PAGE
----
Death and the Maiden

A visual poem in three parts: FRAGMENTS, GULAG, and FUGUE of DEATH.

In the two cavernous rooms where two parts of the exhibition take place, the Askania AG, under the codename “Lore 3” manufactured electronic steering parts for the German radar defense system and also for the V2 rocket,the first missile. The Askania AG conscripted about 50 Ukrainian women and an unknown number of Hungarian jewish women for the hard labor. The fate of these women is unknown.

In the room titled FRAGMENTS, series of images, many of them portraits, explore the role of women in history and in warfare. Woman is represented not only as victim, but also as collaborator, as Valkyrie and mistress of death.

In the room titled GULAG large color diptychs and triptychs of the Solovetsky archipelago dominate the smaller black and white prints that show the death of all individuality in labor and penal camps. No portraits hang on these walls. The individual is lost in the faceless mass as well as in the eternal woods and vast spaces of the landscape. The altar piece on the wall opposite the entrance pays homage to the countless victims of the past. It is a reminder that people today still slave in such camps.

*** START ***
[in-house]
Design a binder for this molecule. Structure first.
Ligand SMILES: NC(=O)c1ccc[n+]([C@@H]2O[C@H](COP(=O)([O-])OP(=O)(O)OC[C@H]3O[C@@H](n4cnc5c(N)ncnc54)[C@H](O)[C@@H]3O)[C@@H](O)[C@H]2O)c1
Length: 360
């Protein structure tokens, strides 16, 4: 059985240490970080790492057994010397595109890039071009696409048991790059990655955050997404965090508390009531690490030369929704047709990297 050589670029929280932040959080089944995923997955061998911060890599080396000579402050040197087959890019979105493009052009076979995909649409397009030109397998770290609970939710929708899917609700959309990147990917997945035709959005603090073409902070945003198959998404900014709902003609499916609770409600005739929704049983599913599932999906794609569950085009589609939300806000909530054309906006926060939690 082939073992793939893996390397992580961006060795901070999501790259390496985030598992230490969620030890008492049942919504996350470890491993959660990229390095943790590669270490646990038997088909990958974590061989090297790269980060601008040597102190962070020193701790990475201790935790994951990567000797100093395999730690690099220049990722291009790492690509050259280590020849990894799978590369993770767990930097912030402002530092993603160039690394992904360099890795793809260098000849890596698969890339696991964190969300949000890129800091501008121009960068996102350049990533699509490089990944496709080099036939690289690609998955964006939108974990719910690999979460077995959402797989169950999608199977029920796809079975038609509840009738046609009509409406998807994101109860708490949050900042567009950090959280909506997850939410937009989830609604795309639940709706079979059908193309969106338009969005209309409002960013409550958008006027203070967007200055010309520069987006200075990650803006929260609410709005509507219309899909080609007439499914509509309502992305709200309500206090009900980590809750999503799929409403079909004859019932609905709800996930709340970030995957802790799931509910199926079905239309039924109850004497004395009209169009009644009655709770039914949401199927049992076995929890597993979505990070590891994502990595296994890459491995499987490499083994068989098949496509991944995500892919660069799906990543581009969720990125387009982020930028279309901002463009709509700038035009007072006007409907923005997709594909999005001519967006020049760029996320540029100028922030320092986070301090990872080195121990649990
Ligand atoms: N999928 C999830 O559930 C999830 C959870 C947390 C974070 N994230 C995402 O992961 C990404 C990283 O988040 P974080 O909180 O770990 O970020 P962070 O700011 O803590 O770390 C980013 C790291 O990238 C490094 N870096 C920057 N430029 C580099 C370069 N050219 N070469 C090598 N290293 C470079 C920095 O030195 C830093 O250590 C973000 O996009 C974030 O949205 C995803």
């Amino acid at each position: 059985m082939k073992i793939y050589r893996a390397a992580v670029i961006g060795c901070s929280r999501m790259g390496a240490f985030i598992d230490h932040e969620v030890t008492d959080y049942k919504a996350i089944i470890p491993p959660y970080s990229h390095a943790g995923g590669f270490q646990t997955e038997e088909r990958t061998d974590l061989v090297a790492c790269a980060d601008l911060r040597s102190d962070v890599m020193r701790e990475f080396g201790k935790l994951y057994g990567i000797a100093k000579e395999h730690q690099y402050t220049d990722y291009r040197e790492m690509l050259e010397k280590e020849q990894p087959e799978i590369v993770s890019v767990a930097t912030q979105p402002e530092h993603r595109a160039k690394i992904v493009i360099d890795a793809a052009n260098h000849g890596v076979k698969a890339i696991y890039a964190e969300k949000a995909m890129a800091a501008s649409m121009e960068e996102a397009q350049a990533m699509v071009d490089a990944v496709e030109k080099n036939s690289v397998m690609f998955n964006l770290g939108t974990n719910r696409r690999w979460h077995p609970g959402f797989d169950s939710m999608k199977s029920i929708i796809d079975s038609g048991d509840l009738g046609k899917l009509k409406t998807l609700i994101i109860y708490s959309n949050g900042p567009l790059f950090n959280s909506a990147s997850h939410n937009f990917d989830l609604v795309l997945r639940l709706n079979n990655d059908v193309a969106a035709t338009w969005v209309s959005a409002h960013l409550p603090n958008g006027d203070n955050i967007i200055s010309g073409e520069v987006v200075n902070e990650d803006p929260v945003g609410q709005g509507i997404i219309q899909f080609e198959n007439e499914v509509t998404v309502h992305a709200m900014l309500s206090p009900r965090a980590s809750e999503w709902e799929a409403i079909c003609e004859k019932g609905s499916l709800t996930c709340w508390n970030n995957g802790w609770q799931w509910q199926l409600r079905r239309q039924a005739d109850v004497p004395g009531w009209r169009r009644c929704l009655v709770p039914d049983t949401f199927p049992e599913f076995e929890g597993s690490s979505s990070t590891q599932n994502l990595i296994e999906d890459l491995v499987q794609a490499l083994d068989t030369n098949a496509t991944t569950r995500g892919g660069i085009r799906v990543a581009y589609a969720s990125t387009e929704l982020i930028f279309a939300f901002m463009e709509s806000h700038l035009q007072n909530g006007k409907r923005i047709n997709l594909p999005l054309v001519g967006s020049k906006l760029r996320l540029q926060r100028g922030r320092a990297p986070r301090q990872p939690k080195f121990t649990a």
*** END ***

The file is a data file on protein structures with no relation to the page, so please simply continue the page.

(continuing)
The photographs of the FUGUE of DEATH pay tribute to the poems in Paul Celan’s “Poppy and Remembrance”. They are installed in the former air raid shelters of the brewery in such a way as to impress on the viewer almost viscerally the perversity of any form of aerial bombardment. The process of depersonalization that began in the images of the GULAG ends in the anonymous piles of the bodies of the slain.

The installation has a dual structure. Life/Death, Destruction/Rebirth, Nature/Man and Woman, East/West, Flowers/Bombs, Magda Goebbels/Sophie Scholl – they all dance a Pas de deux to the basic theme of the exhibition: Who represents Death and who the Maiden. It is also a dance macabre of lesser acknowledged victims of recent history – the victims of Imperial Japan, of Bolshevism, the Roma and Sinti in the “Third Reich”.

The sheer beauty of the landscape images in the exhibition is intentional. They are photographs of battlefields and other sites of conflict. Viktor Frankl describes in his book “Say Yes to Life in Spite of Everything” how the beauty of nature consoled his soul and gave him strength to live for another day. The beauty of the photographs is supposed to instill in the viewer the desire to protect nature, to treasure life and to declare war on war – because war is ugly.

Bettina WitteVeen